Daughter of Packers legend determined to see her dad in Pro Football Hall of Fame

Lance Allan and Stephanie Graham

Jerry Kramer (64). Photo: Image by Milwaukee Journal Sentinel archives

Daughter of Packers legend determined to see her dad in Pro Football Hall of Fame

CREATED Jul. 19, 2013

MILWAUKEE - The 1960's. It was a different time in football.

Bud Lea is a retired sports columnist for the Milwaukee Journal and the Milwaukee Sentinel.

He recalls, "You could interview guys then. You could go up to their rooms, even under Lombardi, you could get real close to all the drills."

One of Lea's favorite players was Jerry Kramer. Lea says, "He could do so much. Jerry was a great interview."

Kramer spent 11 years with the Packers as an offensive lineman. He was a 5-time All-Pro during the Lombardi era, when the team won five championships in seven years and an unsurpassed three consecutive NFL titles.

"I remember Vince saying that Jerry Kramer is the best guard in the NFL," Lea adds.

Jerry's daughter Alicia, who lives in Boise, Idaho, wasn't alive during those years.

Still, she's proud of everything her father accomplished.

"He's an ambassador to football, and you couldn't ask for a better ambassador to football," said Alicia.

That's why Alicia is making it her mission to get her father into the Pro Football Hall of Fame.

Lea agrees Jerry is deserving. He says even players who played against him think he should be in.

"Players are backing him. Merlin Olsen for the Rams wrote a long letter," Lea points out.

In fact, writing a letter to the Hall of Fame is the only way to nominate a player. Alicia has a website, and Facebook and Twitter pages encouraging fans to write in and nominate her dad.

"If you write a letter and explain your feelings about Dad's career and what it meant to you as a fan, that really goes a long way," Alicia explains.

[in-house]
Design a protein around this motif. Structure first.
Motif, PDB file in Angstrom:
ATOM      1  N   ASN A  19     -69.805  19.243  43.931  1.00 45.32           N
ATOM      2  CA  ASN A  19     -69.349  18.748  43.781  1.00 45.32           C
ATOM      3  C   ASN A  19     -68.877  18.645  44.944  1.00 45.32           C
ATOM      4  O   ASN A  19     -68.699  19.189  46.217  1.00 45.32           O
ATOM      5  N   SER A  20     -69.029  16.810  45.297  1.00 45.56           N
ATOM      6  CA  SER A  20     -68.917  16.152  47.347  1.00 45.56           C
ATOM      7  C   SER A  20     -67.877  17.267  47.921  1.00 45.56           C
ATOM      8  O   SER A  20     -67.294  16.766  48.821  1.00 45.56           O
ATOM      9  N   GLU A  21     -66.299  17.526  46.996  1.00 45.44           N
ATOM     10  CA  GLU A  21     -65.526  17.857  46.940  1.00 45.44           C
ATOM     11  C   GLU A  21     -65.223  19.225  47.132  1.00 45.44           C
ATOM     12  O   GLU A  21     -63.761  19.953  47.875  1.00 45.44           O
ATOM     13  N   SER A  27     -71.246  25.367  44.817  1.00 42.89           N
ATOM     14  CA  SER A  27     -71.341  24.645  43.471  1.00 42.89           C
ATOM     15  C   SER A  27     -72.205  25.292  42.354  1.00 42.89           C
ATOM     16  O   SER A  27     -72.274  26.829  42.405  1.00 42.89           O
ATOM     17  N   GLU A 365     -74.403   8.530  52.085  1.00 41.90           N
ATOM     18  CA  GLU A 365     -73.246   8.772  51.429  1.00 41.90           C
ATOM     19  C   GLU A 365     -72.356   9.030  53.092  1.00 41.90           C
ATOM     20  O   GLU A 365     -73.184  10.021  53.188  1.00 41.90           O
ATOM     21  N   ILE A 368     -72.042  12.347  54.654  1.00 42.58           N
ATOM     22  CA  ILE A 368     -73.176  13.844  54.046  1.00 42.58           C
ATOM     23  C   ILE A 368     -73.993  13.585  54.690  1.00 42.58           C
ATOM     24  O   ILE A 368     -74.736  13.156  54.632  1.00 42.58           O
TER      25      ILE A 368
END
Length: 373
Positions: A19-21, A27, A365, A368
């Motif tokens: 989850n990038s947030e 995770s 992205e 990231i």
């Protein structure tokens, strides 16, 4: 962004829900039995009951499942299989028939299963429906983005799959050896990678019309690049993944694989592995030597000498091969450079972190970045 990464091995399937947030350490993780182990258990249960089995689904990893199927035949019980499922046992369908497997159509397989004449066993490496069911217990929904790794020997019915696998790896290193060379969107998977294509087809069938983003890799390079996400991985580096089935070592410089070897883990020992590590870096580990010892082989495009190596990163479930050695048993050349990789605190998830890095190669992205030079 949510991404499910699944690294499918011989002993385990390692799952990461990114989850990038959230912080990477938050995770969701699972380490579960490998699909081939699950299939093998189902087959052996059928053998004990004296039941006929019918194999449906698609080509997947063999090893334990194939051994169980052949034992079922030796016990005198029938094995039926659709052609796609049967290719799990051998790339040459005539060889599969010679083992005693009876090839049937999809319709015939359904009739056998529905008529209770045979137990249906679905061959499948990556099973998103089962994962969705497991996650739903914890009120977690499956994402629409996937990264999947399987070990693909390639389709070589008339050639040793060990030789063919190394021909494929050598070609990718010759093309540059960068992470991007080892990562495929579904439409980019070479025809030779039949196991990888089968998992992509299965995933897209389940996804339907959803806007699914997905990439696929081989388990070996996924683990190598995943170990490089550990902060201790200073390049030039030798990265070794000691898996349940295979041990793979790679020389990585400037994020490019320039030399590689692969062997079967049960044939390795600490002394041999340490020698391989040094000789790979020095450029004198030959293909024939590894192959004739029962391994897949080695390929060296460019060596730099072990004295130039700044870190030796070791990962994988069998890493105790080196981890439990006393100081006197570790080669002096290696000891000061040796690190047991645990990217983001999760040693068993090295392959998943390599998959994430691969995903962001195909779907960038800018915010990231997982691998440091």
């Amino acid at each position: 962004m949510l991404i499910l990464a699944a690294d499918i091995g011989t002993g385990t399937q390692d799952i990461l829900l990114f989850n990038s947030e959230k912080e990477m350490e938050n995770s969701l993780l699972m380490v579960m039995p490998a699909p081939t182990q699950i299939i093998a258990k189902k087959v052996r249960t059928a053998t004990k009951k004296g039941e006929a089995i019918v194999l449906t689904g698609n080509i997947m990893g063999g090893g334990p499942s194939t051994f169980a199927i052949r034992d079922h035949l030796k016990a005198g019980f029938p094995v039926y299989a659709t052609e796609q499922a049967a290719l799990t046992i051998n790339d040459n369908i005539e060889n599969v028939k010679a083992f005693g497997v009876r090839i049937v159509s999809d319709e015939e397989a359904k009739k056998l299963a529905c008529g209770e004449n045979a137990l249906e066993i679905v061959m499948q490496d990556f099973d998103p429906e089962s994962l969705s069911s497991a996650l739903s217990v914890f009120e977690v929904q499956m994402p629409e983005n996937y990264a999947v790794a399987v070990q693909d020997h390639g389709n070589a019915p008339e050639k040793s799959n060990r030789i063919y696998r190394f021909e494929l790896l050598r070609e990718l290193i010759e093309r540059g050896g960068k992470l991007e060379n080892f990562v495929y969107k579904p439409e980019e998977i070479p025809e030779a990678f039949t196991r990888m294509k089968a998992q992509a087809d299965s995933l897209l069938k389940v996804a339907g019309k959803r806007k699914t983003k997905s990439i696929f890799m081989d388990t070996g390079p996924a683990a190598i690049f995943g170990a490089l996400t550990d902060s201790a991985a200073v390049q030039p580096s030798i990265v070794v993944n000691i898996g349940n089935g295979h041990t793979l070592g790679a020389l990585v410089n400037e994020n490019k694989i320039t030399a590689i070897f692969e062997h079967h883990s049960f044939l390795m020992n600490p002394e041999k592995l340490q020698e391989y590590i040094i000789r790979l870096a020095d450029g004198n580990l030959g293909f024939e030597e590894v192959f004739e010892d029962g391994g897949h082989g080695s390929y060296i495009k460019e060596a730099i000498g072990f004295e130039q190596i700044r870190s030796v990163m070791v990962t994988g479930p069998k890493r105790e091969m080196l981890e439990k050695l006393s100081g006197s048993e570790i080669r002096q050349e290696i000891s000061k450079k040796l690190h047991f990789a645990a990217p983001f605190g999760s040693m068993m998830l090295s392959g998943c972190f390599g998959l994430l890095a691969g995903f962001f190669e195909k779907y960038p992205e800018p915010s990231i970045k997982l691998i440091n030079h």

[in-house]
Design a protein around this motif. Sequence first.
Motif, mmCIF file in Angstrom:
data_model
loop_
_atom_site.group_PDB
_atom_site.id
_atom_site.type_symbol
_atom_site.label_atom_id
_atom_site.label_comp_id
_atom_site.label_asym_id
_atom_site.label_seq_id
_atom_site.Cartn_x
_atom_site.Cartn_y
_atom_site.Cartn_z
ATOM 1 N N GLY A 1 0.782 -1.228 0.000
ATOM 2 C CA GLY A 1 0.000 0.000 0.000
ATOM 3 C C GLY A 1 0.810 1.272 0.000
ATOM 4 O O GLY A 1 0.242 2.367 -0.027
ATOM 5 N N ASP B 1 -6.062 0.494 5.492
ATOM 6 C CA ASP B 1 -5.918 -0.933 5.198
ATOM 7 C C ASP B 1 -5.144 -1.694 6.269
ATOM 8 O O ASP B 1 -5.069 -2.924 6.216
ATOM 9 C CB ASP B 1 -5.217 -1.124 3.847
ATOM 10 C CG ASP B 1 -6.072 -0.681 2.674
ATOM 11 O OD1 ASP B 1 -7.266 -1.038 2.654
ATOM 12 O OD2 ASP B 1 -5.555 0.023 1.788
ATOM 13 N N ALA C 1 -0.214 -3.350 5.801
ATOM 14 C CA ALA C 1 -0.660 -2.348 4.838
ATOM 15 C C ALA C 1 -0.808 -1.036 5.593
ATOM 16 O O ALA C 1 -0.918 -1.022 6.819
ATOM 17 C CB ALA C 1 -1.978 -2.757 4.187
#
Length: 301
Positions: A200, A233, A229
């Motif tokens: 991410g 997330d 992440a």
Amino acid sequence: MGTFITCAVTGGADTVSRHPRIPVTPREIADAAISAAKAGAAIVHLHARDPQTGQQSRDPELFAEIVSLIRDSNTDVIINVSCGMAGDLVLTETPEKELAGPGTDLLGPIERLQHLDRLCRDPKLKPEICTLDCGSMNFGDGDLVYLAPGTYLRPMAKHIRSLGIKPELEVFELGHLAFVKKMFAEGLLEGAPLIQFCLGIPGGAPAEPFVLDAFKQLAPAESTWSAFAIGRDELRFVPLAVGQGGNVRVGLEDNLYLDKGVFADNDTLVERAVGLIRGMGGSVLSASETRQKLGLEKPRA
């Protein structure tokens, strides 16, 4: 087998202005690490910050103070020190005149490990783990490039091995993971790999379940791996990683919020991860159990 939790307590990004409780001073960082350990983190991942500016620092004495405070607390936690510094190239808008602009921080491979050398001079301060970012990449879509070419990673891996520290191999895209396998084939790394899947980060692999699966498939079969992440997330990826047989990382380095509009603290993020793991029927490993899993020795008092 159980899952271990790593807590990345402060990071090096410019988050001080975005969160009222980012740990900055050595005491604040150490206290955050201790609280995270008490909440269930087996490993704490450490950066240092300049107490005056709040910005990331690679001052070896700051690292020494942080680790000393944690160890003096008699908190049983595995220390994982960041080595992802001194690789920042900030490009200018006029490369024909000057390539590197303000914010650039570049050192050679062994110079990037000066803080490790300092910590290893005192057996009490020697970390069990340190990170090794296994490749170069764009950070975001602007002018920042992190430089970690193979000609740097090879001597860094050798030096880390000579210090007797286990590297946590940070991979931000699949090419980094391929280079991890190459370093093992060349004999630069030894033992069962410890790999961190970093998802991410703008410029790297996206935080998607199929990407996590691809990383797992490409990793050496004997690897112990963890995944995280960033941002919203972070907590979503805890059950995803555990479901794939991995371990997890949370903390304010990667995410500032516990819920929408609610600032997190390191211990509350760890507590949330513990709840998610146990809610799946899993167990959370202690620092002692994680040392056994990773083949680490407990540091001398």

Alicia can't understand why her dad gets passed over every year. "That's what's so hard about this, is if we could have an answer - why Dad's not in."

She says her father, who is 77, has basically accepted that he may never get into the Hall of Fame.

"He would really like to be a part of it, but he's not going to let it effect the rest of his life if he doesn't have it. He says football has been pretty good to him, so he's pretty happy," Alicia says.

After all, football is Jerry's life.

He has worked as a sports commentator, and even authored a few books about the sport.

Lea likes the books. He says, "Great books. They're best-sellers."

Lea says there's just something special about Jerry.

"He's decent with people, he's very obliging. Such an interesting person, and he can tell a good story," Lea explains.

So, does Lea think Jerry will get in the Hall of Fame?

He says, "I would vote for him right away. And I think chances are gonna be slim, but I think there's still a sliver of a chance, and boy that would make his day, really."

Alicia says she's not ready to give up the fight yet.

"Dad's friends and teammates are passing away. It's just, it's all slipping away, and it's made me...it's made me appreciate who Dad is,' Alicia says.

A selection committee made up of sportswriters from every league city makes the final decision on who will be elected into the Pro Footbal Hall of Fame.

You can send a letter to nominate Jerry. Click here for a link to more information.

The Packers have 21 players and coaches in the hall, including 12 from the Lombardi era. That includes linebacker Dave Robinson, who was just elected this year.

Jay Sorgi contributed to this report;.